Some cruise lines do allow you to bring your own alcohol onboard – but you must know the rules in order to be successful with this. For example, Royal Caribbean will allow you to bring one bottle of wine or other alcohol onboard to be consumed in your room. Disney Cruise Line will also allow you to bring it onboard to be consumed in your room. As will the ships owned by the Carnival Corporation – Carnival, Cunard, Princess, Holland America & Costa). Each line will have a corkage fee if you take the bottle in to the dining room for dinner. No lines allow you to consume alcohol that you bring onboard in public spaces (other than the dining room).
Many cruise lines offer drink packages where you can drink as much as you want for a set amount per day. Some of these packages are for alcoholic beverages, while others are for non-alcoholic beverages such as soft drinks. Each line is different in what they offer, but if you consume multiple beverages in a day at a la carte pricing, you will very likely save money by going with the offered package. With the exception of the luxury lines, Disney Cruise Line is the only one to provide soft drinks included in the cruise fare.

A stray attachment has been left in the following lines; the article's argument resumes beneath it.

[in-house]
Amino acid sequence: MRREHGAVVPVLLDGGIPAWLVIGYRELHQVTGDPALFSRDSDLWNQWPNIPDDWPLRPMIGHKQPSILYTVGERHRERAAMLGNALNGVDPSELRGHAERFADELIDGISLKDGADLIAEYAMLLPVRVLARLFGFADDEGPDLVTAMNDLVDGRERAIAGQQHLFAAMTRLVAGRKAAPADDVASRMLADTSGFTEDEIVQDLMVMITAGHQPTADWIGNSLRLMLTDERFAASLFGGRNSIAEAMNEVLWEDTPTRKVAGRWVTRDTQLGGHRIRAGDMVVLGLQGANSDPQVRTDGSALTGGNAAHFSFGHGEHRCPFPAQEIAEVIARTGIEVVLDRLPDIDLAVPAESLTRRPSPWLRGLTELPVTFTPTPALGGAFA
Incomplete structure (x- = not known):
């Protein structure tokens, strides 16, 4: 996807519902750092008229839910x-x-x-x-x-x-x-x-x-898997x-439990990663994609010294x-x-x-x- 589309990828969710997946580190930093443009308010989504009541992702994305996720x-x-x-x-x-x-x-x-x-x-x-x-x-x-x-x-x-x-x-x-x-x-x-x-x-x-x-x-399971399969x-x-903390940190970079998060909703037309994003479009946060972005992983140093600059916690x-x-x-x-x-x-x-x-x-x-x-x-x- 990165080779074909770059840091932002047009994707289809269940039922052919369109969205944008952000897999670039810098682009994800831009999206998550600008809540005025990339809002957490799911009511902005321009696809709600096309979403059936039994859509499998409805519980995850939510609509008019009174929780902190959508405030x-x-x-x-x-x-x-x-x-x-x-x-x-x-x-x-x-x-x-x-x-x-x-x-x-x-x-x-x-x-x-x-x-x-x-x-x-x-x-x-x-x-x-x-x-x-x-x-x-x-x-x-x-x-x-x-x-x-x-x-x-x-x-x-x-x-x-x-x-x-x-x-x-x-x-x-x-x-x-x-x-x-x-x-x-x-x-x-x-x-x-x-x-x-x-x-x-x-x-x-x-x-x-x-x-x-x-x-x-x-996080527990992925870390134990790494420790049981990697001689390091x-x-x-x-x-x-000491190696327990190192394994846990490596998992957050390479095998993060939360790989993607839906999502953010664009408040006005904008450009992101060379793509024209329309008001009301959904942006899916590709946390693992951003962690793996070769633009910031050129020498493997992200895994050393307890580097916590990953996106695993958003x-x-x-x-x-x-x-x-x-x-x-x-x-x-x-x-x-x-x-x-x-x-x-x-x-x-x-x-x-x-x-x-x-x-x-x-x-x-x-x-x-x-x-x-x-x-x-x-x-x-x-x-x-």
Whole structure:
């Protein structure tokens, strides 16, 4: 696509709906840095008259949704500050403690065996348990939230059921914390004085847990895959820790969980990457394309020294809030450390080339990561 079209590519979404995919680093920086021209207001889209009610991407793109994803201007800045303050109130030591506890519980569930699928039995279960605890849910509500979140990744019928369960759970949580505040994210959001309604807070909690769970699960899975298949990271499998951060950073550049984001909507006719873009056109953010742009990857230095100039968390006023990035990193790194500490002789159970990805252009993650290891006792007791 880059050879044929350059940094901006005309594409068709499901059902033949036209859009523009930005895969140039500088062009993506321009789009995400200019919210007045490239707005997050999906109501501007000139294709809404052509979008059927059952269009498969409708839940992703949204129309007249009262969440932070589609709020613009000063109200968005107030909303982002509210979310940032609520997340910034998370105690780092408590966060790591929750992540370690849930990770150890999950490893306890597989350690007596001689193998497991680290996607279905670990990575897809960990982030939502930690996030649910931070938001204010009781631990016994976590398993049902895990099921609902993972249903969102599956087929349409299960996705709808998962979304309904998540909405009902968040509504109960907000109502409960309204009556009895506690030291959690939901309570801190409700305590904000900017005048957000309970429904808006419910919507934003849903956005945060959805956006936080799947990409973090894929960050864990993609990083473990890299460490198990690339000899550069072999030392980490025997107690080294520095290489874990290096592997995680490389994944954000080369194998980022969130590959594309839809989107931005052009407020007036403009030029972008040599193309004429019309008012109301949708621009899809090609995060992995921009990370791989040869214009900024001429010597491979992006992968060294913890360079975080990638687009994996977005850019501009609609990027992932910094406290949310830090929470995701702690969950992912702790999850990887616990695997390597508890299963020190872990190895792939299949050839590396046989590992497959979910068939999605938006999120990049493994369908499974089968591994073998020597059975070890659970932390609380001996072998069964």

Be advised that it is not wise to attempt to skirt the rules regarding bringing prohibited beverages onboard ship. Luggage is x-rayed prior to embarkation, and the cruise lines will remove any contraband beverages that they find, holding it in the ship’s storage, until disembarkation when you will receive it back again.
6. Internet Access
Internet access is by far the newest money maker for the cruise lines, as more and more people who go on vacation, are unable to completely disconnect from their lives at home. From the vast array of electronic goodies that people use, and all of the demands from home, remaining connected is very important to a large number of travelers. And the cruise lines know it, and charge handsomely for the luxury or remaining connected – often as much as 75-cents per minute of connectivity. Truly the only way to save money onboard is to simply log off. However, if you cannot do so, here are a few tips regarding onboard electronics & connecting to the internet:
- iPads…you can use your iPad on a cruise ship, but keep in mind you do not want to stay logged onto your account while typing up an email. iPads are generally designed to be used only while connected to the Internet, using your webmail instead of an email program, for example. The same is true of workstations in a cruise ship's Internet center.